The Celestial Jukebox

Ah, the sweet smell of vindication. There's nothing better than seeing things turn out exactly like you said they would, particularly when it happens despite the skepticism of others. As I predicted, the Celestial Jukebox is open for business. Sometime ago, a few of us foresaw the day that music lovers would be able to quickly access every piece of music ever recorded.

Now, the jukebox is here. Interestingly, it's not just one music depository but actually many - linked together, not surprisingly, through the Internet. And because the essential problem of mass music storage isn't having enough memory but having an effective way to find what you're looking for, it's no shock that the developer is search-engine pioneer Yahoo. Check out Yahoo Audio Search at audio.search.yahoo.com.

Other search engines - such as AltaVista, Lycos, and Singingfish - can also find music, but Yahoo's engine is far more powerful. It lets you type in a song title, artist name, or description and searches online music services such as Napster, Rhapsody, and iTunes - but not the "legally challenged" file-sharing sites like eDonkey. Then it tells you where to find the song so you can buy it. Although these collected catalogs don't (yet) contain every bit of music ever recorded, they do contain files numbering in the millions (Yahoo claims access to 50 million files), with thousands of new files being added every day.

There's no word yet if Yahoo's archrival Google will offer a similar service, but I'll bet money that it will, and soon. In no time, there will be a legion of music search engines spanning the globe, hunting for the tunes you want. In the same way that online mapping services let you look at practically every square inch of Earth, online music services will let you download any song you can think of.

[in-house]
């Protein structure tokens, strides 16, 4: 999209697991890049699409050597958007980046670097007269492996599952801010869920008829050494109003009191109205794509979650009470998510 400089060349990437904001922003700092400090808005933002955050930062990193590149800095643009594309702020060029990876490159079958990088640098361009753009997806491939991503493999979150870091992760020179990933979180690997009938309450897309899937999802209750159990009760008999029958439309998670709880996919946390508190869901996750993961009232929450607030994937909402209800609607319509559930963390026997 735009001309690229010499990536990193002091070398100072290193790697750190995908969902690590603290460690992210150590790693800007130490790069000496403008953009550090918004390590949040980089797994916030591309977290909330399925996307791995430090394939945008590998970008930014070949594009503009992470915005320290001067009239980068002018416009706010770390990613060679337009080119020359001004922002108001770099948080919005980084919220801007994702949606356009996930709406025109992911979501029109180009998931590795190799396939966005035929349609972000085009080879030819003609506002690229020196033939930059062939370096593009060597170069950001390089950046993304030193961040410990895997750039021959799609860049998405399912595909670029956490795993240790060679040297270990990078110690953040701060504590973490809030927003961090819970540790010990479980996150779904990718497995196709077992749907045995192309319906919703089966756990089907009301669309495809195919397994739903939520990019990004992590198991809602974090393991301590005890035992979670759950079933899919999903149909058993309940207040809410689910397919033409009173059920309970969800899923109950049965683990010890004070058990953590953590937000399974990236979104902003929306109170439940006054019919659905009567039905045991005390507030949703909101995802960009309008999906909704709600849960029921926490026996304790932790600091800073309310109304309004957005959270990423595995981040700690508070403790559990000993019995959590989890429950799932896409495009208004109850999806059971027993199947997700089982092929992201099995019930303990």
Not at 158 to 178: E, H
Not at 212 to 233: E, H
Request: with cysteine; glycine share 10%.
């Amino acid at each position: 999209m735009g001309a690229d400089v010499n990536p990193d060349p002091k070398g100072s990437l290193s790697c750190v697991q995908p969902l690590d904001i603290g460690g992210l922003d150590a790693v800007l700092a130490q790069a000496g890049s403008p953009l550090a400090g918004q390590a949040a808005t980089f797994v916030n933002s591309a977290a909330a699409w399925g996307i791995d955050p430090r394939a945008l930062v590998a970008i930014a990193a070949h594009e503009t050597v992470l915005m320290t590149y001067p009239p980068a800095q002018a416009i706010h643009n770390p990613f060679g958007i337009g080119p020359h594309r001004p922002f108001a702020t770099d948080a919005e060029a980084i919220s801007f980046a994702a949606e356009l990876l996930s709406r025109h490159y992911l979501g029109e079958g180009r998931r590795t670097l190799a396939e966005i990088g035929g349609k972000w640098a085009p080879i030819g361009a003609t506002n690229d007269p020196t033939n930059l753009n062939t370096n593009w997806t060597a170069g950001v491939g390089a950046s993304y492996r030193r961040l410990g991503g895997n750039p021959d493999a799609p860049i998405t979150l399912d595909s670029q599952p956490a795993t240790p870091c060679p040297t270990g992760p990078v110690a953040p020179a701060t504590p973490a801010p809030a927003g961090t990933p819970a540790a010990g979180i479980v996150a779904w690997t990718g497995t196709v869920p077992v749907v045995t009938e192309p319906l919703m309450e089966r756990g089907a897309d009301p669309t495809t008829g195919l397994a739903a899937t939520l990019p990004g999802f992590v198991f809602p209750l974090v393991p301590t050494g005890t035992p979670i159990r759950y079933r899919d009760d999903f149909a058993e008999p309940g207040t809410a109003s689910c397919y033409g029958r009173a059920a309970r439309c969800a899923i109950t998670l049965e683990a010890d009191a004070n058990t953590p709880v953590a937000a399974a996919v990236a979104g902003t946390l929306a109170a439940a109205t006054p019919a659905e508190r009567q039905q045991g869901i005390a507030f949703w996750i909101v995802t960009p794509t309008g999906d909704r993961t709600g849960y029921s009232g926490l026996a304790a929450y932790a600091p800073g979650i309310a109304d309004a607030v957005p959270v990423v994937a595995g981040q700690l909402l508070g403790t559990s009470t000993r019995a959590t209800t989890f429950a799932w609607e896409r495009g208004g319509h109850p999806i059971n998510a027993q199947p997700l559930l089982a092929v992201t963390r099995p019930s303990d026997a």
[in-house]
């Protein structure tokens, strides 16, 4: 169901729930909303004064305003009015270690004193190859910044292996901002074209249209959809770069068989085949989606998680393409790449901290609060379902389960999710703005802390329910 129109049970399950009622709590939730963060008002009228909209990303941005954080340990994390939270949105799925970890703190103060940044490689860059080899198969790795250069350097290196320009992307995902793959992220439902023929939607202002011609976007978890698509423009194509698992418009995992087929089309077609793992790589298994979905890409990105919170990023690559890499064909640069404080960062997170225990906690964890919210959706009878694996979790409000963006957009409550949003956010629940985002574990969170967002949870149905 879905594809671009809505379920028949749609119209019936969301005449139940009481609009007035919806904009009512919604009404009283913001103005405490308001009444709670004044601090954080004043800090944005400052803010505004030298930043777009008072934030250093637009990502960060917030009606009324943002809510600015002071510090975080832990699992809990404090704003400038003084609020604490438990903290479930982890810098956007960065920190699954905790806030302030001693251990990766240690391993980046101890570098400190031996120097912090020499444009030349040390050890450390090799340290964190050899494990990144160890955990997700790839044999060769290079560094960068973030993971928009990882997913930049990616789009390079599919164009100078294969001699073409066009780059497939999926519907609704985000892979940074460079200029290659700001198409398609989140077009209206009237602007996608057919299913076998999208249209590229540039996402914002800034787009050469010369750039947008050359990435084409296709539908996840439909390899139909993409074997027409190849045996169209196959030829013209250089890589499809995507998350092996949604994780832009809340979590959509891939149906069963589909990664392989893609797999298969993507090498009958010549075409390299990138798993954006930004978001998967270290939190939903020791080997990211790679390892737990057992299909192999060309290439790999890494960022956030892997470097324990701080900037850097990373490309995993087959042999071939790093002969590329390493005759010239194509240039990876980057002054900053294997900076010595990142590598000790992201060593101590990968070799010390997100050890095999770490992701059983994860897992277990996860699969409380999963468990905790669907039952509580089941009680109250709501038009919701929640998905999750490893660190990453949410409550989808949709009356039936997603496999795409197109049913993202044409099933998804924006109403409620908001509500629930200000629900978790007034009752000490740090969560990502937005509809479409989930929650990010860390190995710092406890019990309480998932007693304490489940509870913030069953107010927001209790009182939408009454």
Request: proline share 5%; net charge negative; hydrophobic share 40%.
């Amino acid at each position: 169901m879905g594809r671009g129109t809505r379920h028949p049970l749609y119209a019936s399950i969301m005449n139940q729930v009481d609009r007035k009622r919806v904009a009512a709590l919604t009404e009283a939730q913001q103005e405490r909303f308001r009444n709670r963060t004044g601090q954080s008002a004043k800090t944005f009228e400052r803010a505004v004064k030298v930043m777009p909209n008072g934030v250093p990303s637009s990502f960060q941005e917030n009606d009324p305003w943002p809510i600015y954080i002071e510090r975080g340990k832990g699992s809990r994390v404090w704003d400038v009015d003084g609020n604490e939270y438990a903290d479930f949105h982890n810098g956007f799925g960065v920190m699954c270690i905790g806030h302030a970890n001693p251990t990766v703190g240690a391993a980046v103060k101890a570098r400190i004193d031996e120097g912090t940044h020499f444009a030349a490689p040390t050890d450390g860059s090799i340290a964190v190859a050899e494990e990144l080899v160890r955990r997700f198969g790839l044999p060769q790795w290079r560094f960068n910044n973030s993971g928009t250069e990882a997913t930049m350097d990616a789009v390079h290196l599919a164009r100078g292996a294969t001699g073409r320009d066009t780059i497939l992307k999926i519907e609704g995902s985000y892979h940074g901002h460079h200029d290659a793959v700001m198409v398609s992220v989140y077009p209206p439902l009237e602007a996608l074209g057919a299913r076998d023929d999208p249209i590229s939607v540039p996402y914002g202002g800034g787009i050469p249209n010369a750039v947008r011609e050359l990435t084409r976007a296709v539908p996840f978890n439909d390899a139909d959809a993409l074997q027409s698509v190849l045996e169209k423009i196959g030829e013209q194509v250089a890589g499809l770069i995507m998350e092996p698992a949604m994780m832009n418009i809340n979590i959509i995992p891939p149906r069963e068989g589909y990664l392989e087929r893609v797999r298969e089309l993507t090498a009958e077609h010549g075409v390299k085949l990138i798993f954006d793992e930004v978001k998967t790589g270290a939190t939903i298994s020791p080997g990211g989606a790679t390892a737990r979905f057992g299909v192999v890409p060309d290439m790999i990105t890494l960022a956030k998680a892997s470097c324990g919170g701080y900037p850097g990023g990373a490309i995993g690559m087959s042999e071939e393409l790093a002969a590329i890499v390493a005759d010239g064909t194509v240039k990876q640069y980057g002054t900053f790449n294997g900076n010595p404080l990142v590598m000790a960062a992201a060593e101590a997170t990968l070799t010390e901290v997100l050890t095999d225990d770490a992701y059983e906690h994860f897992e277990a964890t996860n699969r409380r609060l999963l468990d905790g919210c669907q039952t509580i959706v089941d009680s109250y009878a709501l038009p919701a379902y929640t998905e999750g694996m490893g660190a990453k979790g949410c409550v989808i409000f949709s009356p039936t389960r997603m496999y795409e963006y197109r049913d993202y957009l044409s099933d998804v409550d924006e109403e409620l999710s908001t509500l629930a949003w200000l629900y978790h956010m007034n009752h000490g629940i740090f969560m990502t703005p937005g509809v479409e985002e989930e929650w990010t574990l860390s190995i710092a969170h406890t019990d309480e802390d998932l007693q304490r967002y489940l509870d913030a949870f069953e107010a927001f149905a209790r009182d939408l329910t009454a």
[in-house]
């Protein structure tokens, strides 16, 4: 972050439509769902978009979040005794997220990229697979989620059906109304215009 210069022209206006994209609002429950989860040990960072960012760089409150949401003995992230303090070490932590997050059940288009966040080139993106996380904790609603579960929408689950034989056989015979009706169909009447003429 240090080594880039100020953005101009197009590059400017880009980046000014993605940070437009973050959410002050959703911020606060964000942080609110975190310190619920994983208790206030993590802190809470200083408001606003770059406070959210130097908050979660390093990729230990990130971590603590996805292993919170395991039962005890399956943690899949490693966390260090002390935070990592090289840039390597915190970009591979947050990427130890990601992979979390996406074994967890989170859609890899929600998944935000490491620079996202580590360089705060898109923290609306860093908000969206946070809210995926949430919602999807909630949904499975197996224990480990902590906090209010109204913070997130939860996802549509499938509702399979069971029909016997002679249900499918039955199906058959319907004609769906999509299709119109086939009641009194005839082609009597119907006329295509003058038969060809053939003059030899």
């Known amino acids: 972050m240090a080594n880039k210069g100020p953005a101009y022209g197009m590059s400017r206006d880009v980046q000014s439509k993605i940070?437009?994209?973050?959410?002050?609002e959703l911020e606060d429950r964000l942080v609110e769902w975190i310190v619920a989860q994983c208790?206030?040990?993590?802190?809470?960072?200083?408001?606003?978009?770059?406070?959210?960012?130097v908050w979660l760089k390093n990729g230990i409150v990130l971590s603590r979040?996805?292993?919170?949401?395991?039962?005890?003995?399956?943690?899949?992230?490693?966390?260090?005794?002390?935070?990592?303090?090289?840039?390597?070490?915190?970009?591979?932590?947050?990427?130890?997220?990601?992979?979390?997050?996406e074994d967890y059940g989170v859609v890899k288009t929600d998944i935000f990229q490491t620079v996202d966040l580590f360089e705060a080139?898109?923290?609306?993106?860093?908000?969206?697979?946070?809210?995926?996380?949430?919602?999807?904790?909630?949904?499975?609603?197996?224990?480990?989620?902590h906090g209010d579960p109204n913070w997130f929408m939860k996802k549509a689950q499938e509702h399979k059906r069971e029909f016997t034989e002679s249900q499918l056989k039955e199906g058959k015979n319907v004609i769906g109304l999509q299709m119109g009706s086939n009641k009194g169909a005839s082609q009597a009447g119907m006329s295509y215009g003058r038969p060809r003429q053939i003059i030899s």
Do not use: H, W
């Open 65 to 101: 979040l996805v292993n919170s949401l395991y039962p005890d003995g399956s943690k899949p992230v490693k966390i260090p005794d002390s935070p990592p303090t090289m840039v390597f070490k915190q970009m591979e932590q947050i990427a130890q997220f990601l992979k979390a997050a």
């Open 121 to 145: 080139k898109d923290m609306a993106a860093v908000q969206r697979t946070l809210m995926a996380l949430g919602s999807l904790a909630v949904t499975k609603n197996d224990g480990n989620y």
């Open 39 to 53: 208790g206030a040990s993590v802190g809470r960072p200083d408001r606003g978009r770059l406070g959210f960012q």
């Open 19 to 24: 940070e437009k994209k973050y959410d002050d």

Of course, that's just the beginning. I can imagine that future search engines will let you type in lyrics or other descriptors. One company (www.411song.com) has already developed technology that lets you hold up your phone to the radio, and it identifies the song. Moreover, as bandwidth gets broader, search engines will let you find movies online. You could search by film title, actor, lines of dialogue, or whatever.

Technology like Yahoo Audio Search is another step toward the future of music and movie playback - for better and for worse (the latter because many downloaded files are lo-fi). I'll go out on a limb and predict that within ten years, online music retrieval will account for more sales than discs. In time, disc collections will be as old-fashioned as the Dewey Decimal System. If you think that's crazy, just remember who you're dealing with - the guy who predicted the Celestial Jukebox.

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